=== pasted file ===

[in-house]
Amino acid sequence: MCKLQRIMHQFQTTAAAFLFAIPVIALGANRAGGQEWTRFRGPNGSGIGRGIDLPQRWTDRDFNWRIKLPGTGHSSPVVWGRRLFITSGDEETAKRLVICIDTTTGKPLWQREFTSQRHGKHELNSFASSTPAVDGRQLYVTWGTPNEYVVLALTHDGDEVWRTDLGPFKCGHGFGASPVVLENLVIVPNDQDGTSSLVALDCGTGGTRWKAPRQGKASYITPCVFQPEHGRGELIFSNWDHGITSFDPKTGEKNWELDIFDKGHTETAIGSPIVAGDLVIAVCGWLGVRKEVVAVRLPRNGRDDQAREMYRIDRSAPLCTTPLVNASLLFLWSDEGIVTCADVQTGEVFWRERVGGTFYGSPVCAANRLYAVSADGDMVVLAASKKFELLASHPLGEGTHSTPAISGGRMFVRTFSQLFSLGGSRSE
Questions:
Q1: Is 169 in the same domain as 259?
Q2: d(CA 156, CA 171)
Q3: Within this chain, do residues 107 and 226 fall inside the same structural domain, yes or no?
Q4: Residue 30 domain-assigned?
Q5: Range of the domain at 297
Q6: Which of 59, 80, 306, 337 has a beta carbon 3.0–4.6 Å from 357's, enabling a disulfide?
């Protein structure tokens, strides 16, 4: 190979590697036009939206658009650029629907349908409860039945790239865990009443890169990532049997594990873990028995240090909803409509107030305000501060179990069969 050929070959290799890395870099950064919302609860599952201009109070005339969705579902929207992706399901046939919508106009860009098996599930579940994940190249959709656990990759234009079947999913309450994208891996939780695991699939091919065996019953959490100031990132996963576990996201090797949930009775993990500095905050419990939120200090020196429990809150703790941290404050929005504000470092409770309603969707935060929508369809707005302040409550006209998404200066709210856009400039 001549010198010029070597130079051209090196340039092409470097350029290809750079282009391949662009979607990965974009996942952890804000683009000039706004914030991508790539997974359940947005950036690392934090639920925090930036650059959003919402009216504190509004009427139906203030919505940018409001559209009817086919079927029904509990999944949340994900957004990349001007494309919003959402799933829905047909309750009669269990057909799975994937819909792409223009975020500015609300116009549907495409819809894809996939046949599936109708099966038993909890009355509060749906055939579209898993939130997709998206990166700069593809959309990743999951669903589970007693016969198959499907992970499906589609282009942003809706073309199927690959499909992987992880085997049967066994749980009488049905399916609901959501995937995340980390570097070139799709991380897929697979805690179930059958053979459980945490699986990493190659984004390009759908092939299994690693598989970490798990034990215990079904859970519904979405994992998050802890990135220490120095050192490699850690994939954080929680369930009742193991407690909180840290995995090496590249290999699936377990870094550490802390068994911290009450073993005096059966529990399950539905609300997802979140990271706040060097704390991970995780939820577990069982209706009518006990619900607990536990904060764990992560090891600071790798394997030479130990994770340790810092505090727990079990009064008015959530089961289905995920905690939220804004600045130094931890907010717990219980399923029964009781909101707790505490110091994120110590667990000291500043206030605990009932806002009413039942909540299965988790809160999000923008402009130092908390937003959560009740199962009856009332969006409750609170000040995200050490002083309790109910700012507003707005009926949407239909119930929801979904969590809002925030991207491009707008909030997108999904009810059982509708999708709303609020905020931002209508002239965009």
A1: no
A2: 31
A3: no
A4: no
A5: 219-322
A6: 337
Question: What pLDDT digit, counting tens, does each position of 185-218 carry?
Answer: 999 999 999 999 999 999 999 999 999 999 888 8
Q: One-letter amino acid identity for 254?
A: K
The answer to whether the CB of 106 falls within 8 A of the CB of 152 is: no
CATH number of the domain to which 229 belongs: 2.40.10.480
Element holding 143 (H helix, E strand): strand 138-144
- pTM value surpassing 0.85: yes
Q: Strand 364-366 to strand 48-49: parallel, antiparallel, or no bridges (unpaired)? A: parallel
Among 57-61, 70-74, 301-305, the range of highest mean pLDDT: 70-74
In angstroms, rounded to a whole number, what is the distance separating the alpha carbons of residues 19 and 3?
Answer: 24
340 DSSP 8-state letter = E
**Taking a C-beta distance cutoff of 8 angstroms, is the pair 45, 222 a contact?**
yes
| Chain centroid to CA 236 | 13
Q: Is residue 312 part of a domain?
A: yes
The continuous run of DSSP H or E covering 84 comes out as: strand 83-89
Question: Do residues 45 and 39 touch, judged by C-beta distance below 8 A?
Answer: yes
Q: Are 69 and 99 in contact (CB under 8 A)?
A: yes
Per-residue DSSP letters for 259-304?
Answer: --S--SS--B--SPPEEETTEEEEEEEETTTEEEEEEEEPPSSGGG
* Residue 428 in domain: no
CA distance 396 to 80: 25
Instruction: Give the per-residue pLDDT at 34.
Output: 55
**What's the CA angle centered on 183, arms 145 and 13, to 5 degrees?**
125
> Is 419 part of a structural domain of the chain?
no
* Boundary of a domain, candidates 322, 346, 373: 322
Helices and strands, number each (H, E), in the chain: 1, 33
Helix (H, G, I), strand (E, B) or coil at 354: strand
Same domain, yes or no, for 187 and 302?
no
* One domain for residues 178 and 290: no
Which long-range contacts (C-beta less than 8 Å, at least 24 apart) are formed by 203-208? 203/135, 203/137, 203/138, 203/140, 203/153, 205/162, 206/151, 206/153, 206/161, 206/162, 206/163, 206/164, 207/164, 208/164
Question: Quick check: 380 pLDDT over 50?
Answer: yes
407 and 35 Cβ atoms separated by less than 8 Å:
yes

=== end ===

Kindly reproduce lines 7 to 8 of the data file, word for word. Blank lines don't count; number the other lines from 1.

Q4: Residue 30 domain-assigned?
Q5: Range of the domain at 297